• Lines remain visible over ~100 s
  • 17. 4 Cheddar Reservoir
  • 18. 4 Cheddar Reservoir
    • Zoomed in image
      • Waves are modulated (faint lines)
      • Individual waves travel at phase velocity, modulation envelope propagates at half that velocity
      • Higher RCS of waves at peak of modulation envelope
  • 19. 4 Cheddar Reservoir – Raytheon display
  • 20. 4 Cheddar Reservoir - Geese
  • 21. 4 Cheddar Reservoir - Geese
  • 22. 5 Recent Advances – Harbour / Coastal surveillance requirement
      • Traditionally, a safety aid
      • Recent requirement for anti-terrorism
        • Jet skis, swimmers, divers, RHIBs
      • Small targets vs. sea clutter
      • Choice of RF frequency
        • Cost
        • Size
        • Weather
        • Transmit power and noise figure
        • Licensing and available bandwidth
      • Coastal surveillance very challenging for a CW based radar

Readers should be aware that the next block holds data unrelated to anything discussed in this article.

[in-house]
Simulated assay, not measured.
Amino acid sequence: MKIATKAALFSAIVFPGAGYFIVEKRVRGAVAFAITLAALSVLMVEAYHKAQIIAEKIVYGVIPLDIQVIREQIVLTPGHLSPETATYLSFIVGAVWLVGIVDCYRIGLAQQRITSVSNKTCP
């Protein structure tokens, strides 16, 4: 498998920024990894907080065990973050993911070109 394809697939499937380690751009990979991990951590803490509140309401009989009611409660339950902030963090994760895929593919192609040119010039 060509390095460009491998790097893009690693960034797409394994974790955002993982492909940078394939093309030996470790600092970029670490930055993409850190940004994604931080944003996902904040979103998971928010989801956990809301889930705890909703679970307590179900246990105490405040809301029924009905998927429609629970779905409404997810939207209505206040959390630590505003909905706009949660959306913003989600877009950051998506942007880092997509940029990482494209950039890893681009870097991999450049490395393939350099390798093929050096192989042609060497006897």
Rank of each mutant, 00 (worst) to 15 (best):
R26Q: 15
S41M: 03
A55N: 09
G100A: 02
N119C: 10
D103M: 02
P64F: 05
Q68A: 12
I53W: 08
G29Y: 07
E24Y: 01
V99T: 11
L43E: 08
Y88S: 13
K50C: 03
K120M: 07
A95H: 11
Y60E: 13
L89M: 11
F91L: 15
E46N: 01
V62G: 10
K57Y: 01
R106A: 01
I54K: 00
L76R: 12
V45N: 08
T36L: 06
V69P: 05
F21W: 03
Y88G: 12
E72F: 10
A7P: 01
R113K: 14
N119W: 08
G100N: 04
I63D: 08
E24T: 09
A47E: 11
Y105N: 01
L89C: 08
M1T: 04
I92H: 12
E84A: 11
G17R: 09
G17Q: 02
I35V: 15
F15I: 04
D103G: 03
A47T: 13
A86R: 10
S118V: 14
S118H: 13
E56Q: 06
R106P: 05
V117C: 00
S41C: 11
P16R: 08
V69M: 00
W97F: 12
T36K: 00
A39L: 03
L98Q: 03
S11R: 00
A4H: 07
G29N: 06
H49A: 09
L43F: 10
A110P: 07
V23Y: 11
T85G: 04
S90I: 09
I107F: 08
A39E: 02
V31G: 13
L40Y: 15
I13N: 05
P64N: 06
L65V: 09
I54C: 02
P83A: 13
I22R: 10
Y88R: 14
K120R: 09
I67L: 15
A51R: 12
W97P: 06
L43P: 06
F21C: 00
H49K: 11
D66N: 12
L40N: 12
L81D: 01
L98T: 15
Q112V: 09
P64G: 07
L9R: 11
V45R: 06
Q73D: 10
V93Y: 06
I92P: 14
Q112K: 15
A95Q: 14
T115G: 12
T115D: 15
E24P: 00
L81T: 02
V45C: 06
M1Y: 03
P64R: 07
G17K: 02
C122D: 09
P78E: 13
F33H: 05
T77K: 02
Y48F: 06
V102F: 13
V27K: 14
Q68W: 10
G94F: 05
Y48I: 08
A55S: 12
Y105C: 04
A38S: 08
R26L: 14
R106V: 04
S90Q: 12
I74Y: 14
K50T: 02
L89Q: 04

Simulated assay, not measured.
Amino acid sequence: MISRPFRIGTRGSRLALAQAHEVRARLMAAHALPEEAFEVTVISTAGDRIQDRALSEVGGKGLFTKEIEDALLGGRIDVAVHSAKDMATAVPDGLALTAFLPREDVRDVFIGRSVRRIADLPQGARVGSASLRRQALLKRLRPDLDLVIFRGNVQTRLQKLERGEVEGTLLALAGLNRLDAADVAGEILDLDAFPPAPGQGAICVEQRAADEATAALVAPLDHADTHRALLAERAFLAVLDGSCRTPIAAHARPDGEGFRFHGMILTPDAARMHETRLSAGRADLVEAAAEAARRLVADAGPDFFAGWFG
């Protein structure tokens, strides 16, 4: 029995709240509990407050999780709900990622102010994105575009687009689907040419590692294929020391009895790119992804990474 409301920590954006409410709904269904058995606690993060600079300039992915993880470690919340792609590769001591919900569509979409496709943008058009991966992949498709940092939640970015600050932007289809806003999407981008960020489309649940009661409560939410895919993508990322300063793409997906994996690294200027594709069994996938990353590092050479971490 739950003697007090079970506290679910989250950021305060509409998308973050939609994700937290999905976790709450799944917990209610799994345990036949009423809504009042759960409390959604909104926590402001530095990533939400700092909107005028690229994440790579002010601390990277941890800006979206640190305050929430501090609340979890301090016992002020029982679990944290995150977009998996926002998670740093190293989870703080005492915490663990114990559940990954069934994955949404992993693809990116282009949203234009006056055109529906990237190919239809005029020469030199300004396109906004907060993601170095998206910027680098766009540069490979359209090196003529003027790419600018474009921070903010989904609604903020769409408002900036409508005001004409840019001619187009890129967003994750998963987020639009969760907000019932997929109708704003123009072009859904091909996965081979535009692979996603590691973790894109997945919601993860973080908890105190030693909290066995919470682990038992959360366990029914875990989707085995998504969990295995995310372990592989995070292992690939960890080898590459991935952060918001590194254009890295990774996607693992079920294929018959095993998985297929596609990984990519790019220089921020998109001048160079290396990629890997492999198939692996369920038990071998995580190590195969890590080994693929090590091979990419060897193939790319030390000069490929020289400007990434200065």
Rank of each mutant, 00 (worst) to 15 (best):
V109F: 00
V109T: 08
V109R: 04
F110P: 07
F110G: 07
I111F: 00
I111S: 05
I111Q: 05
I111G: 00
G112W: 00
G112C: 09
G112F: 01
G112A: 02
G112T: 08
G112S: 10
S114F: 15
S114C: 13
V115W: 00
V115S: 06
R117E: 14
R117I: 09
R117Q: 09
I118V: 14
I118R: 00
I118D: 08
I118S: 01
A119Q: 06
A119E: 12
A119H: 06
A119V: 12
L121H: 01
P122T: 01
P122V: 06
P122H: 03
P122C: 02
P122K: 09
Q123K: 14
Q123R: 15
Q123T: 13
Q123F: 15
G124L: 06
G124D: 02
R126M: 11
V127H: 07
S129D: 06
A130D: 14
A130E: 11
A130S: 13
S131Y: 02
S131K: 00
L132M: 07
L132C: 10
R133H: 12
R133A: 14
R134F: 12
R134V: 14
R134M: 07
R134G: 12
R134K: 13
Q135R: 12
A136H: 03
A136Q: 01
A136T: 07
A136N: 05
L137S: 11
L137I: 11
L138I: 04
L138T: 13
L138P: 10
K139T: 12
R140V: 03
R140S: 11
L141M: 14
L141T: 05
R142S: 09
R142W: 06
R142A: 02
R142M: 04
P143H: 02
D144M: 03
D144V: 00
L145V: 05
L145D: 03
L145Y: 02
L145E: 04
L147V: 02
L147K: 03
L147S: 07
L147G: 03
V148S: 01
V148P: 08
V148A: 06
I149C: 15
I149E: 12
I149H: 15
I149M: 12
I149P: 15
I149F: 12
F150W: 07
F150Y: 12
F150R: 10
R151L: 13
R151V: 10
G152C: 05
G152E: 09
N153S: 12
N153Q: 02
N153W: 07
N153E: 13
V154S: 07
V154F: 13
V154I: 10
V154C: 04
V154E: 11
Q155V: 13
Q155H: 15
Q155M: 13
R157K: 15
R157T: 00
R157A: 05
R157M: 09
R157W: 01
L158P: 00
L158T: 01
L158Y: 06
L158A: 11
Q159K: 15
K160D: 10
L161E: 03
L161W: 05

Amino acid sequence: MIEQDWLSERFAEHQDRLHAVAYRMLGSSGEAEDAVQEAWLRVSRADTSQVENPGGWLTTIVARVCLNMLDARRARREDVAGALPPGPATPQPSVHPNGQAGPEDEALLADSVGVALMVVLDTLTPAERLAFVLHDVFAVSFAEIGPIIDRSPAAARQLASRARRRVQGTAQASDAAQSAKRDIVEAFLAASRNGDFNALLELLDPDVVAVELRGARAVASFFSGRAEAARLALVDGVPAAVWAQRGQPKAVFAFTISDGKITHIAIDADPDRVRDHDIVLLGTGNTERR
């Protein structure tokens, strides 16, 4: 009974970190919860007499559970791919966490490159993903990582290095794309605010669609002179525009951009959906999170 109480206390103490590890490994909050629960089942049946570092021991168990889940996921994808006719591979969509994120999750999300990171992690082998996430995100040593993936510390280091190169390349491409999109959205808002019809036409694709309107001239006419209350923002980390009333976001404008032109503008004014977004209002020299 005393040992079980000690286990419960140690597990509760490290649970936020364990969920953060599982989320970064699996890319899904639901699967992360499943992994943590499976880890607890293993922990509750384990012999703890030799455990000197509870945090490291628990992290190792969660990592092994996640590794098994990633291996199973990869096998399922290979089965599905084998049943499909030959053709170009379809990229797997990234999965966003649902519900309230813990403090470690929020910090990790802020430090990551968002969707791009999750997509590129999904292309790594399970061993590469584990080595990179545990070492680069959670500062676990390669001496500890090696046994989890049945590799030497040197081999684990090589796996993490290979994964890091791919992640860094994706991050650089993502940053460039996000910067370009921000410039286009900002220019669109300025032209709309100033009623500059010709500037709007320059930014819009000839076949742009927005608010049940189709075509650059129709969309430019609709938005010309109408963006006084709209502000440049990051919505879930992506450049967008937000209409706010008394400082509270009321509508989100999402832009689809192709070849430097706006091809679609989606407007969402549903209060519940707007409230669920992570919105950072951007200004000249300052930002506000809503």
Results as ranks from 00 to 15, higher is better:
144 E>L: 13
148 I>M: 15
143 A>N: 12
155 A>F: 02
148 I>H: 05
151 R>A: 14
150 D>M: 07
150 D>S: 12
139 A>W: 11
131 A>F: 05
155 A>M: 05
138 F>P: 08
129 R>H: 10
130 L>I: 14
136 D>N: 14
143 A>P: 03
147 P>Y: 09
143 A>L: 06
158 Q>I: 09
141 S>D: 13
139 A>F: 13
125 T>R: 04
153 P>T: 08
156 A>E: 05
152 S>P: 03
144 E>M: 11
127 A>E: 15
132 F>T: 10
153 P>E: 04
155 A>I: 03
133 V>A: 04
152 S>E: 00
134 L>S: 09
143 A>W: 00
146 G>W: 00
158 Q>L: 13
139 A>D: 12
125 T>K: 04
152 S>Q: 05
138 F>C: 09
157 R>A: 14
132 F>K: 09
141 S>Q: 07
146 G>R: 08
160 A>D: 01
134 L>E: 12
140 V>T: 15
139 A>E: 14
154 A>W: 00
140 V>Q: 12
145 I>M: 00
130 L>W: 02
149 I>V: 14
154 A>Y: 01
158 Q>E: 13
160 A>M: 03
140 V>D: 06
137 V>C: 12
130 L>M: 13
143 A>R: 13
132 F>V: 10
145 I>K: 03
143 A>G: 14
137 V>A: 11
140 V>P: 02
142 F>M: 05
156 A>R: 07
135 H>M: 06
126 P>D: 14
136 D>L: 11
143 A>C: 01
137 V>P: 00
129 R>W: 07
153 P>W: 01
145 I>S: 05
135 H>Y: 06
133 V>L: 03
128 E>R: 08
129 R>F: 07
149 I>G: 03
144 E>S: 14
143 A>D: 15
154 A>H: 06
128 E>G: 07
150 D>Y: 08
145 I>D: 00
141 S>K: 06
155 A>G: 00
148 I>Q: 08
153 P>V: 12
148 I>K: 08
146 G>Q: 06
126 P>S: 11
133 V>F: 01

• High CW transmit power
        • Ultra low phase noise
        • High Tx/Rx antenna isolation
  • 23. 5 Recent Advances
    • Non-coherent
      • Fast scan rate (60rpm)
        • Good update for tracking algorithms
      • Minimises clutter cell (sea, land, rain)
      • Excellent range resolution, 10cm
      • Two target discrimination based on range resolution
      • Excellent geolocation, especially if used in multistatic mode
    • Coherent
      • Low scan rate (12rpm)
        • Slow update but additional Doppler information for tracker
      • Rejects clutter based on Doppler
        • Sub-clutter visibility
      • Very good range resolution, 1m